Let’s move on to the next task we wanted to perform: finding all out of area providers. PostgreSQL provides us with built-in operators for accessing values within the JSON document in our contract_terms field. So if we want to get the out of area and out of network indicators for providers who are out of area, we can run a query as simple as this:

SELECT id, contract_terms->'out_of_area' AS out_of_area,
    contract_terms->'out_of_network' AS out_of_network
FROM provider_contract
WHERE contract_terms->'out_of_area' = 'true'; 

Again, just as in SQL Server we’re going to get a single record and the out_of_area value will be true while the out_of_network value will be null since that key isn’t available in the applicable JSON document.

One thing to know about working with these operators is that the -> operator will return the JSON object whereas ->> will return the text value. This becomes important because as you start working with these queries, you may find that you need to “chain” together operators to get to the specific object that you need.

The next thing we demonstrated in SQL Server was that if I wanted to filter on some value that was contained within an array of objects in my JSON document, I was going to have to know which index specifically to go after in that array. However, PostgreSQL gives us functions and operators that really juice up the power of our JSON queries. In this case, we can use the jsonb_array_elements function combined with the operators for selecting and filtering on text values to return the Office Visits 1 rate for each provider that has that rate defined in their contract. My query then looks like this:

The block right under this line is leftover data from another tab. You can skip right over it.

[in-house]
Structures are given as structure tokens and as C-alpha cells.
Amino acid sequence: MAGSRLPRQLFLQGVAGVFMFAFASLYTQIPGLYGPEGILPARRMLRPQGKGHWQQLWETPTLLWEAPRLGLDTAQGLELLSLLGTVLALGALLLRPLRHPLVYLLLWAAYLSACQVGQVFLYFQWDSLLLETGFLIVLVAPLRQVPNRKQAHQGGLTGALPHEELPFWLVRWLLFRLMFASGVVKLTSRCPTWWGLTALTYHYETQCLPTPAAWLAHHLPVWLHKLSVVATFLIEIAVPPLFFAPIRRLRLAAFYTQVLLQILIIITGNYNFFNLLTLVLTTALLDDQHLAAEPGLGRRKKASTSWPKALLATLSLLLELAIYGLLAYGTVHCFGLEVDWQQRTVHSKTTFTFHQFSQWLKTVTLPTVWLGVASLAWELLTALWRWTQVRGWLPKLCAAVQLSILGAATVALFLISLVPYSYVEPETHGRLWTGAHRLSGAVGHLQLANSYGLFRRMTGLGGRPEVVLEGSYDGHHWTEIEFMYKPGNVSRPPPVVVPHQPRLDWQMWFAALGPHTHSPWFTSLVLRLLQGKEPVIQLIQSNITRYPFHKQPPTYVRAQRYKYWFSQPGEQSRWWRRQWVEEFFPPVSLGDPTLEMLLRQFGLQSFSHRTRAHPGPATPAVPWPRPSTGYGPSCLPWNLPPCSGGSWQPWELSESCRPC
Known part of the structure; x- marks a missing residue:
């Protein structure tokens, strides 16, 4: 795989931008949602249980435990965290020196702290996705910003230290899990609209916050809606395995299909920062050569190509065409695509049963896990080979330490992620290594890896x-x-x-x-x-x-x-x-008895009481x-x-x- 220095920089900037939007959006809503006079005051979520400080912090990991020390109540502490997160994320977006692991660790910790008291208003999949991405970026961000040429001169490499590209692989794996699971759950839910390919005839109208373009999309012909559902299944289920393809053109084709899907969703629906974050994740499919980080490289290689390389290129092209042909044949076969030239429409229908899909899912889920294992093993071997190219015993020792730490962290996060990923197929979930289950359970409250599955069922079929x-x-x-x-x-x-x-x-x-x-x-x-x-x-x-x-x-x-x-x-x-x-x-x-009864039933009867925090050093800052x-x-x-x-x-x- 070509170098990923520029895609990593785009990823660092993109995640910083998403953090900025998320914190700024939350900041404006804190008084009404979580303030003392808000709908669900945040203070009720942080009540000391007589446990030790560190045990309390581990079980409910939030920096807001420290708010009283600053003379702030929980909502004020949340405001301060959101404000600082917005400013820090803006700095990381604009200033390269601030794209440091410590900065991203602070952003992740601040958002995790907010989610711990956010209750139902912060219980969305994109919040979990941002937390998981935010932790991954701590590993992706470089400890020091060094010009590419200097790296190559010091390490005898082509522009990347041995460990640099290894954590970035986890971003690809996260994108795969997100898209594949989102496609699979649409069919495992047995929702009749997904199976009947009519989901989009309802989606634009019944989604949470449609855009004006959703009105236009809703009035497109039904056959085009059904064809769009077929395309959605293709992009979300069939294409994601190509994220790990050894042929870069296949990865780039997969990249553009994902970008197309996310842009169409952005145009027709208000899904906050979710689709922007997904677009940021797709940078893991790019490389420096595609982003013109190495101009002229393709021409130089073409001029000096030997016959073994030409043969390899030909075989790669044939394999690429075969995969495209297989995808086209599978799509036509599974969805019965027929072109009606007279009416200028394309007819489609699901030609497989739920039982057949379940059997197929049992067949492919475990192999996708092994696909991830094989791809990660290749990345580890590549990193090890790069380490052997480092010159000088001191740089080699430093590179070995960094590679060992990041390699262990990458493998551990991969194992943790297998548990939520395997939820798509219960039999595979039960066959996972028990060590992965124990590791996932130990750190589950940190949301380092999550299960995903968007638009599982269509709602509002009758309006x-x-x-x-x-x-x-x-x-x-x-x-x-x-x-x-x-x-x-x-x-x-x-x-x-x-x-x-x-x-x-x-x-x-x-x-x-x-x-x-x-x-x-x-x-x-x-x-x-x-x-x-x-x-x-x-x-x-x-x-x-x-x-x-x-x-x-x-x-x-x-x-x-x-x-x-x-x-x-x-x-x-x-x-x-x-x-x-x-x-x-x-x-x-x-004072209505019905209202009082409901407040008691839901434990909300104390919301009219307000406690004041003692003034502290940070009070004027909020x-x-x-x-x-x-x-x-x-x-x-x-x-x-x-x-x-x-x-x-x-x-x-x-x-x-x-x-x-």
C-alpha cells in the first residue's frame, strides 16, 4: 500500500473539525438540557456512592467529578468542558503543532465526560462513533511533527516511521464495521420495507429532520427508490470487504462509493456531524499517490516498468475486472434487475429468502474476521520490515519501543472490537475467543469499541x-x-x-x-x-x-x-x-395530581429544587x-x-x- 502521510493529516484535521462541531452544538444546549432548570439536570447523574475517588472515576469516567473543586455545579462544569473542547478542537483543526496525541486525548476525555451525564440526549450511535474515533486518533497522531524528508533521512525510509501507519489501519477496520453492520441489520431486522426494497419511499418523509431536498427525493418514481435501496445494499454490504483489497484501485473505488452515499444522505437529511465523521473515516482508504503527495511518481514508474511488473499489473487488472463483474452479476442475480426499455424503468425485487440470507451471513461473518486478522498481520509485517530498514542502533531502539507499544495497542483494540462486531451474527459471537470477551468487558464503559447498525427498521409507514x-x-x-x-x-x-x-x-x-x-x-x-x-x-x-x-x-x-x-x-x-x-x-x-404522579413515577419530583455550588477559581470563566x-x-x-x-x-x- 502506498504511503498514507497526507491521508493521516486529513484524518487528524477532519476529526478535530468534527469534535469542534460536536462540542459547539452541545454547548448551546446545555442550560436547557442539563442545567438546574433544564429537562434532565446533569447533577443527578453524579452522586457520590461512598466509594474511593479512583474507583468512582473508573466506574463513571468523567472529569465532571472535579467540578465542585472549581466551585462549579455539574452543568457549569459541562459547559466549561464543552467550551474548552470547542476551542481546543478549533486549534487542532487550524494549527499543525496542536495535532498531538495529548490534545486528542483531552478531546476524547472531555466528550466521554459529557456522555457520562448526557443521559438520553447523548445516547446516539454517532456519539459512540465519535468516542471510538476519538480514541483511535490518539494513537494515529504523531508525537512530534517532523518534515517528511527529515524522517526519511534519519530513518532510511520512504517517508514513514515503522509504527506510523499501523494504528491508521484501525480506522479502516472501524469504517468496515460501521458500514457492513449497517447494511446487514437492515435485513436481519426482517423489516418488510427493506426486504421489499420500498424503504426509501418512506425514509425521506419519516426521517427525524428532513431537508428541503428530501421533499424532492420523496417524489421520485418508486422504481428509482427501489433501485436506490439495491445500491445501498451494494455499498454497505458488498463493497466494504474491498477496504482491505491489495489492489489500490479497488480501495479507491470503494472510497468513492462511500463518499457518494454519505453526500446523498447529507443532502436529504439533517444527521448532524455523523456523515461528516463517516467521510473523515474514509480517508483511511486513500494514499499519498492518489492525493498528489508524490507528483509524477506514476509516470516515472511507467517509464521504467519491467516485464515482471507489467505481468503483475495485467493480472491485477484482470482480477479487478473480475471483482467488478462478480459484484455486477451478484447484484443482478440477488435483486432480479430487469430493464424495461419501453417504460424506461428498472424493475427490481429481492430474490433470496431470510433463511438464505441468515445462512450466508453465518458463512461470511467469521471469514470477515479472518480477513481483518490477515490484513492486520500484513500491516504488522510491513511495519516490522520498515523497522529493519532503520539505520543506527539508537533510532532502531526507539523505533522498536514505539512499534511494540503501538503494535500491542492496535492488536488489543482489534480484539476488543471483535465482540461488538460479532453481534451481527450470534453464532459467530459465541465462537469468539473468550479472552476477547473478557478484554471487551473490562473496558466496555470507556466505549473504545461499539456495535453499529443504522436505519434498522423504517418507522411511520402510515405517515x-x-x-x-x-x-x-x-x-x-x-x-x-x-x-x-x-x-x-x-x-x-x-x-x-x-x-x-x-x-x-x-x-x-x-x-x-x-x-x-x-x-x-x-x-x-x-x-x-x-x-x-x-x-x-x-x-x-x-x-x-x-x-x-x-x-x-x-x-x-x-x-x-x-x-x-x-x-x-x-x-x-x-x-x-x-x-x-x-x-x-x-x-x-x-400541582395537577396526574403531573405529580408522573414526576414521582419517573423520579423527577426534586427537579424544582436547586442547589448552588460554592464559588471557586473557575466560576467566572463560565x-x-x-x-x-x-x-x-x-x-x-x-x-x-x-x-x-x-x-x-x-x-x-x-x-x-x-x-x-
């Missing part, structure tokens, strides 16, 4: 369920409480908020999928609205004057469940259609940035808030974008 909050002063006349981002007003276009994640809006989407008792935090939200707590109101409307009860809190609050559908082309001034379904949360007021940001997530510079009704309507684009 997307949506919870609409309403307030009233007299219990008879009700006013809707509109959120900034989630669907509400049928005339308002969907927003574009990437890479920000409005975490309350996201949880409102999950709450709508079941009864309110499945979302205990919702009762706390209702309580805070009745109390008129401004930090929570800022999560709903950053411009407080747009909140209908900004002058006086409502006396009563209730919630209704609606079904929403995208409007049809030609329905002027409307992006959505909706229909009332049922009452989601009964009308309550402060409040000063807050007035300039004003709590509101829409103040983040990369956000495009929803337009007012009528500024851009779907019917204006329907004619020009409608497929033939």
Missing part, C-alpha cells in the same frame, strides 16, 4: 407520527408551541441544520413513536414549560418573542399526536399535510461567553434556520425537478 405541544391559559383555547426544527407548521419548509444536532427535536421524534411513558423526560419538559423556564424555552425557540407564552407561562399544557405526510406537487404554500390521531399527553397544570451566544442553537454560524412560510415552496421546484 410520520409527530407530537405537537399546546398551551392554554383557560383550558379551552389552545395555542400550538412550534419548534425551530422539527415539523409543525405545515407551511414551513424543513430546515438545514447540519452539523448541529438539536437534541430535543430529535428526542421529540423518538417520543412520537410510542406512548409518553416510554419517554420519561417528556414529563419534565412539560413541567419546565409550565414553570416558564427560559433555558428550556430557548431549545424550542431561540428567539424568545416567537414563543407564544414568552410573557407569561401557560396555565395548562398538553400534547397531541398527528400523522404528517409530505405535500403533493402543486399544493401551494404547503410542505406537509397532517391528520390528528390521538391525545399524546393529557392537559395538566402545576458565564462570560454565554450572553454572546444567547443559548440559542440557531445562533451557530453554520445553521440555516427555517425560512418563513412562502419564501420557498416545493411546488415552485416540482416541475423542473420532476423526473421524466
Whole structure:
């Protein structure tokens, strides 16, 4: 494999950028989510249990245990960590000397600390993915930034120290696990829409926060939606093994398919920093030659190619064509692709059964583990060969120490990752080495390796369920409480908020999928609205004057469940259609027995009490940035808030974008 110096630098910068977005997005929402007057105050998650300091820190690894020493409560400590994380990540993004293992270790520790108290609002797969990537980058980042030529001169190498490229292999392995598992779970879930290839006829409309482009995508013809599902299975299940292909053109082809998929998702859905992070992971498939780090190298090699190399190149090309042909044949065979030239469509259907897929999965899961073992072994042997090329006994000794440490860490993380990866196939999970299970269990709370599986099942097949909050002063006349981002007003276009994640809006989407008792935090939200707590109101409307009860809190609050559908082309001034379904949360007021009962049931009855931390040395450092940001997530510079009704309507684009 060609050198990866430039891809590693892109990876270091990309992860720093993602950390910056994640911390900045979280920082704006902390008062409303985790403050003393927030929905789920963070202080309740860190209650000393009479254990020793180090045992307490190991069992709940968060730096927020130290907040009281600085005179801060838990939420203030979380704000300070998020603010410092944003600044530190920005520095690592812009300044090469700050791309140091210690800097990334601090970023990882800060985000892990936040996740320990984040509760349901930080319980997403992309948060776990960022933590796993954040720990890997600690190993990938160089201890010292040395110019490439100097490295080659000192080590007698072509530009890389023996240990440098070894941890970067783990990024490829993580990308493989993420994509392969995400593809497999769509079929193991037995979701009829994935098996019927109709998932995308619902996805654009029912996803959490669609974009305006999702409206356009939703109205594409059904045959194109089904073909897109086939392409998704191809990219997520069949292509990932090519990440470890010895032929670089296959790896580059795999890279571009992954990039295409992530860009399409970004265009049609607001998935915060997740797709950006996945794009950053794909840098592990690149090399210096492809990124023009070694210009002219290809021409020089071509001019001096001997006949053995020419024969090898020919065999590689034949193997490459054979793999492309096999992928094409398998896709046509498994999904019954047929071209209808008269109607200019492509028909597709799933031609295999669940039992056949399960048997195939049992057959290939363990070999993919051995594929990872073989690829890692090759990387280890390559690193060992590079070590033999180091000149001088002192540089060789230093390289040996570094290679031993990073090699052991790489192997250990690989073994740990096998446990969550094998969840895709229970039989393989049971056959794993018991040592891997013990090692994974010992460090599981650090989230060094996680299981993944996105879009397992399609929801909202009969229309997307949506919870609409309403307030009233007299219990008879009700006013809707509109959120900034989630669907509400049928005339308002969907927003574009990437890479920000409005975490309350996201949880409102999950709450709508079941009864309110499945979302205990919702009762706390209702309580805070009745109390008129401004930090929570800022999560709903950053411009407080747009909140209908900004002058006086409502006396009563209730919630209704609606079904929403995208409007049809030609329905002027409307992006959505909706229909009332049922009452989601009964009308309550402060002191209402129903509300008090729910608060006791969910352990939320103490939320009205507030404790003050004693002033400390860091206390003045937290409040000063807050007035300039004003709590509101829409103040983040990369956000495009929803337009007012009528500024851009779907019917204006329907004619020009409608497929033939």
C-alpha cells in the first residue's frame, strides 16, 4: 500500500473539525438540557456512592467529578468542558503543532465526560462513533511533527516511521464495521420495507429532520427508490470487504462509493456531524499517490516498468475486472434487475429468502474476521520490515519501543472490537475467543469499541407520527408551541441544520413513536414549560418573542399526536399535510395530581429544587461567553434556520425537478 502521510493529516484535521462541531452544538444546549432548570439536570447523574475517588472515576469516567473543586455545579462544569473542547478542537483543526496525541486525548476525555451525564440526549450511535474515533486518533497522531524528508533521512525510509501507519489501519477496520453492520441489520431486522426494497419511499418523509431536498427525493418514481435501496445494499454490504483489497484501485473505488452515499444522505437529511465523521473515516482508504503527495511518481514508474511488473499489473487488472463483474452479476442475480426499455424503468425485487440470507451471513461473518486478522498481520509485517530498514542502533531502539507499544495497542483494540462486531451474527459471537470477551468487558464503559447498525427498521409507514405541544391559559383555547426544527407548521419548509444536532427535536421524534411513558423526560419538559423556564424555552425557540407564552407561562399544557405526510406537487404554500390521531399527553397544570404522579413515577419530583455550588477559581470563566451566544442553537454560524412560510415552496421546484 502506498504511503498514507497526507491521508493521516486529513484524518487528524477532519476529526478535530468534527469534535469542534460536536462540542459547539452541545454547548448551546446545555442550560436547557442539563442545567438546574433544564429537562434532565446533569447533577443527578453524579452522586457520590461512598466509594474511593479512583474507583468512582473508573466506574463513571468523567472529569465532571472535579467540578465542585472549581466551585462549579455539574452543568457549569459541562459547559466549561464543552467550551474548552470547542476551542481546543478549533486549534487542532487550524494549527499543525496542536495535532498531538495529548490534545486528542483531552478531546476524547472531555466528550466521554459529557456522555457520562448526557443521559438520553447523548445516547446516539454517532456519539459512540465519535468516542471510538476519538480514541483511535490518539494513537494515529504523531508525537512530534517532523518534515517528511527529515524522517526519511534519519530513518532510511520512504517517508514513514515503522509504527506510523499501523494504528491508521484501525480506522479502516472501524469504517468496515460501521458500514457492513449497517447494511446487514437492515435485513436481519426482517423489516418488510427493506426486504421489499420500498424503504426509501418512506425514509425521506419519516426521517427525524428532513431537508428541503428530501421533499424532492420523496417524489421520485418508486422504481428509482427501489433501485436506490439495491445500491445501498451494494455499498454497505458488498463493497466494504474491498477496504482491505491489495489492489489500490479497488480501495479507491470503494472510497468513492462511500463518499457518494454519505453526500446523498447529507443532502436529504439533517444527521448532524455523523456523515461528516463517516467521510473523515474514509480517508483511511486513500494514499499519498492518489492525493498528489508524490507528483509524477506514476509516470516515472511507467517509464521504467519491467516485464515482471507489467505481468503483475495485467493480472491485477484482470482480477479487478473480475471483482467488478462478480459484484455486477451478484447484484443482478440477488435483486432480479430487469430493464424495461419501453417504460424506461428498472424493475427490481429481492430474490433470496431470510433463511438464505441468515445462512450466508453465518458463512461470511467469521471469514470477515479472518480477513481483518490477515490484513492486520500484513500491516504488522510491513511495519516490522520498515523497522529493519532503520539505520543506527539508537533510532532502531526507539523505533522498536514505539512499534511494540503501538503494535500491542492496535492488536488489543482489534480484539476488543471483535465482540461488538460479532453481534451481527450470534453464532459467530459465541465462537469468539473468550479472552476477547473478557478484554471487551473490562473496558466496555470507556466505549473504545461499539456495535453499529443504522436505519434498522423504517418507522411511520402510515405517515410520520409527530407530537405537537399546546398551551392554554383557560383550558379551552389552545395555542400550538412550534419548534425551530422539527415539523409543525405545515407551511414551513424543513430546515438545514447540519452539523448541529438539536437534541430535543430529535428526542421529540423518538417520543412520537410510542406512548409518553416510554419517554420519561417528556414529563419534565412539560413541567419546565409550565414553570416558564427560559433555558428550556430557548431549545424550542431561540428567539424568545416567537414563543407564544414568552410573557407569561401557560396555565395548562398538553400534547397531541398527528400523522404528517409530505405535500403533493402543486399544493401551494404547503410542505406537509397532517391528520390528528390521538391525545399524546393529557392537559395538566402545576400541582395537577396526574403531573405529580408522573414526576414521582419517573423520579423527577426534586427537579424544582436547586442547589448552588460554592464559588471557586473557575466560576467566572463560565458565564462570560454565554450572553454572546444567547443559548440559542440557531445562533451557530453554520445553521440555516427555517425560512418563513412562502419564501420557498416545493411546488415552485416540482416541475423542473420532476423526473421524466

SELECT AS provider_id,
     p.provider_name, AS contract_id,
     c.svcs->>'flat_rate' AS office_visit_rate
FROM provider_contract pc 
         SELECT svc_rates.svcs
         FROM jsonb_array_elements(contract_terms->'service_rates') AS svc_rates(svcs)
         WHERE svc_rates.svcs->>'service_description' = 'Office Visits 1'
     ) c ON true 
INNER JOIN provider p ON = pc.provider_id; 

Here, I’m starting by querying my provider contract table. I then do a lateral join to a subquery. This subquery is using the jsonb_array_elements function to “flatten” out the service_rates array and then filter it on service_description = Office Visits 1. In my select clause, I get the flat_rate text value from the svcs field. Running this query, I’m going to get my provider ID, provider name, contract ID, and the office visit rate of “45.00”. So while there are some additional hoops to jump through, it is possible to go into my query knowing only a value that I need to filter on (“Office Visits 1”) and come out with an answer, which wasn’t possible in SQL Server. I’m going to give PostgreSQL another point for power and flexibility here. I’ll also note that this is not the only way to accomplish this – PostgreSQL provides a contains operator – @> – that can be used to filter as well and might be preferable.